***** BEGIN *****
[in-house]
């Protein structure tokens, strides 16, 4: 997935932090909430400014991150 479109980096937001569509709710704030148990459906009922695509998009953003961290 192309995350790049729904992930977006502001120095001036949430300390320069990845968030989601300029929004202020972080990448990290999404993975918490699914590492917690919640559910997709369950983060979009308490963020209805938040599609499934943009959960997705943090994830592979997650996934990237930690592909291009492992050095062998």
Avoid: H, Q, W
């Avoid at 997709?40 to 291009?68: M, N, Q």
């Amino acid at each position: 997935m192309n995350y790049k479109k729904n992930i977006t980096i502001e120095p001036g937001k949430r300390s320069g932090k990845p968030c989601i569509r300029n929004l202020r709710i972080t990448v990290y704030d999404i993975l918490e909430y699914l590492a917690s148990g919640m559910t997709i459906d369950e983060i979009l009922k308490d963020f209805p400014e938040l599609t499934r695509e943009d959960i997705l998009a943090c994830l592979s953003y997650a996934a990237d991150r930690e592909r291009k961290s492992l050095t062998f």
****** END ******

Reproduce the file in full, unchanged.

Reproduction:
[in-house]
């Protein structure tokens, strides 16, 4: 997935932090909430400014991150 479109980096937001569509709710704030148990459906009922695509998009953003961290 192309995350790049729904992930977006502001120095001036949430300390320069990845968030989601300029929004202020972080990448990290999404993975918490699914590492917690919640559910997709369950983060979009308490963020209805938040599609499934943009959960997705943090994830592979997650996934990237930690592909291009492992050095062998």
Avoid: H, Q, W
């Avoid at 997709?40 to 291009?68: M, N, Q």
């Amino acid at each position: 997935m192309n995350y790049k479109k729904n992930i977006t980096i502001e120095p001036g937001k949430r300390s320069g932090k990845p968030c989601i569509r300029n929004l202020r709710i972080t990448v990290y704030d999404i993975l918490e909430y699914l590492a917690s148990g919640m559910t997709i459906d369950e983060i979009l009922k308490d963020f209805p400014e938040l599609t499934r695509e943009d959960i997705l998009a943090c994830l592979s953003y997650a996934a990237d991150r930690e592909r291009k961290s492992l050095t062998f």